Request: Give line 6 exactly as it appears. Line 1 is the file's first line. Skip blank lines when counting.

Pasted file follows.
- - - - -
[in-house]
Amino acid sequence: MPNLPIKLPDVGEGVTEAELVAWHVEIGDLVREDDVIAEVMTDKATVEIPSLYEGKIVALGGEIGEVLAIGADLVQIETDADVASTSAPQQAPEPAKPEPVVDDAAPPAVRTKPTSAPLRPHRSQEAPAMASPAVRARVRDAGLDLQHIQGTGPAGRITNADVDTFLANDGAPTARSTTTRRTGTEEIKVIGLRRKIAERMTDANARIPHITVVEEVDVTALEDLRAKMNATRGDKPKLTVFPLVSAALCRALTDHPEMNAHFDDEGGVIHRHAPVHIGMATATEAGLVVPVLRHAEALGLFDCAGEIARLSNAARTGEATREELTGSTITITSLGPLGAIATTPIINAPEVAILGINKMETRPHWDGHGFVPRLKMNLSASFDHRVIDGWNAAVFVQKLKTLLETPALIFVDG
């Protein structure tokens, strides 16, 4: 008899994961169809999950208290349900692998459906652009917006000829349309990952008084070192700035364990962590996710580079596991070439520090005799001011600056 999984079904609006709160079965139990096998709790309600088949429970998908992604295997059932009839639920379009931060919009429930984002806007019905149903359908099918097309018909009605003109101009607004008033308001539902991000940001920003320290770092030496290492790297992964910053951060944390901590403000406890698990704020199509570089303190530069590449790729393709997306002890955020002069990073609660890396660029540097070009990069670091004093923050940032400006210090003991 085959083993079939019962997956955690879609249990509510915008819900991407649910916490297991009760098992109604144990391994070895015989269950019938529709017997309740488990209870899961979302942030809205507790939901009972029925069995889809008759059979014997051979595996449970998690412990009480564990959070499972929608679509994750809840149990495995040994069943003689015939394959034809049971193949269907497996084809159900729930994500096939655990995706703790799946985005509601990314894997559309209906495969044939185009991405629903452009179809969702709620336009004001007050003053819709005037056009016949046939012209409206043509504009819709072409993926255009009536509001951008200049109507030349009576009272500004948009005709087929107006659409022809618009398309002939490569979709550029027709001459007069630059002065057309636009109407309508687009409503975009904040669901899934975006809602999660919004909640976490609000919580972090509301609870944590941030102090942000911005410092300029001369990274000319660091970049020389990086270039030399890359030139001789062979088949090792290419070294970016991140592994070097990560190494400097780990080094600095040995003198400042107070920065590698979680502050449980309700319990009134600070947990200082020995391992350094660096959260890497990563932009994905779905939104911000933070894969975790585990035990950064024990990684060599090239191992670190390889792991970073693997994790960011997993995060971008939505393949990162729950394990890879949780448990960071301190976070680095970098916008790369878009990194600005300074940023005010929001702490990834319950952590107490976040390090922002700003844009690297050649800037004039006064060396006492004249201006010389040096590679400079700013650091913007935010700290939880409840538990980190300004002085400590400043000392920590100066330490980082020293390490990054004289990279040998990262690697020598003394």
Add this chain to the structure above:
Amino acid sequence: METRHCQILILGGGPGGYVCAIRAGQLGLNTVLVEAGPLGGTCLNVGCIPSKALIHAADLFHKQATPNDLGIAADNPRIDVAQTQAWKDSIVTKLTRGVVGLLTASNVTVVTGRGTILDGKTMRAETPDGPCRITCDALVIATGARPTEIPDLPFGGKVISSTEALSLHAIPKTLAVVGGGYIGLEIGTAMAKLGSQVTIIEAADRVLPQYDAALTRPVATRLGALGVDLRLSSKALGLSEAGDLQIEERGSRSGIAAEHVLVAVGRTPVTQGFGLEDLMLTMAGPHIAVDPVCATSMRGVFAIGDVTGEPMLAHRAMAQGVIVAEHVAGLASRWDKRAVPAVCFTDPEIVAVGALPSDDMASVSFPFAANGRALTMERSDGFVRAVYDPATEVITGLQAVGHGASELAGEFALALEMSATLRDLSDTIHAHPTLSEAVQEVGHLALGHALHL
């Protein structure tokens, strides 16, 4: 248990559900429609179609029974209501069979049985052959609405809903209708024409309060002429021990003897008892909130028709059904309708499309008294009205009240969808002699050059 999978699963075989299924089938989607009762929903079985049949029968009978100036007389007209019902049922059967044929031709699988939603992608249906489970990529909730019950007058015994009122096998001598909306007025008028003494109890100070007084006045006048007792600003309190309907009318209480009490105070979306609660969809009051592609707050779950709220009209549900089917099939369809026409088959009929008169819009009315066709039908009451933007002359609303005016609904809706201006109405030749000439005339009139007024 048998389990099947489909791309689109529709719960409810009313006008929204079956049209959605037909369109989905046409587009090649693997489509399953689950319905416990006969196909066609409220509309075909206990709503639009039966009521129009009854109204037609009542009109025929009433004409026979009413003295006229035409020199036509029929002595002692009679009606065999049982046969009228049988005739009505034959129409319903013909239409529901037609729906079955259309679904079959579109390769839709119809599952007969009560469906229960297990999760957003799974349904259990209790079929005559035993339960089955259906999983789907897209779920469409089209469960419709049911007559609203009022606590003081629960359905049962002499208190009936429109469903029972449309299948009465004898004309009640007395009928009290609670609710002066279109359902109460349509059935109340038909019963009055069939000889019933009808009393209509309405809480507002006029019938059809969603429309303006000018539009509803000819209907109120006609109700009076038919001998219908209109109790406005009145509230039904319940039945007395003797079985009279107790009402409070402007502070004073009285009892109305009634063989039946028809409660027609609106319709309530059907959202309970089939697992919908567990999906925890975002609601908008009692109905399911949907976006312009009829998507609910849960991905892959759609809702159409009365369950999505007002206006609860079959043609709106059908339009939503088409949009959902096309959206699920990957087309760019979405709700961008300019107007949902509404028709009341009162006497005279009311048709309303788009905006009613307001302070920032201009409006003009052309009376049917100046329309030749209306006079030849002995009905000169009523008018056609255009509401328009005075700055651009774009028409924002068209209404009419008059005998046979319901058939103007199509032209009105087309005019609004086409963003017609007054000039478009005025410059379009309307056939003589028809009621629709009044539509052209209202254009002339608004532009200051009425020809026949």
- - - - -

């Protein structure tokens, strides 16, 4: 248990559900429609179609029974209501069979049985052959609405809903209708024409309060002429021990003897008892909130028709059904309708499309008294009205009240969808002699050059 999978699963075989299924089938989607009762929903079985049949029968009978100036007389007209019902049922059967044929031709699988939603992608249906489970990529909730019950007058015994009122096998001598909306007025008028003494109890100070007084006045006048007792600003309190309907009318209480009490105070979306609660969809009051592609707050779950709220009209549900089917099939369809026409088959009929008169819009009315066709039908009451933007002359609303005016609904809706201006109405030749000439005339009139007024 048998389990099947489909791309689109529709719960409810009313006008929204079956049209959605037909369109989905046409587009090649693997489509399953689950319905416990006969196909066609409220509309075909206990709503639009039966009521129009009854109204037609009542009109025929009433004409026979009413003295006229035409020199036509029929002595002692009679009606065999049982046969009228049988005739009505034959129409319903013909239409529901037609729906079955259309679904079959579109390769839709119809599952007969009560469906229960297990999760957003799974349904259990209790079929005559035993339960089955259906999983789907897209779920469409089209469960419709049911007559609203009022606590003081629960359905049962002499208190009936429109469903029972449309299948009465004898004309009640007395009928009290609670609710002066279109359902109460349509059935109340038909019963009055069939000889019933009808009393209509309405809480507002006029019938059809969603429309303006000018539009509803000819209907109120006609109700009076038919001998219908209109109790406005009145509230039904319940039945007395003797079985009279107790009402409070402007502070004073009285009892109305009634063989039946028809409660027609609106319709309530059907959202309970089939697992919908567990999906925890975002609601908008009692109905399911949907976006312009009829998507609910849960991905892959759609809702159409009365369950999505007002206006609860079959043609709106059908339009939503088409949009959902096309959206699920990957087309760019979405709700961008300019107007949902509404028709009341009162006497005279009311048709309303788009905006009613307001302070920032201009409006003009052309009376049917100046329309030749209306006079030849002995009905000169009523008018056609255009509401328009005075700055651009774009028409924002068209209404009419008059005998046979319901058939103007199509032209009105087309005019609004086409963003017609007054000039478009005025410059379009309307056939003589028809009621629709009044539509052209209202254009002339608004532009200051009425020809026949």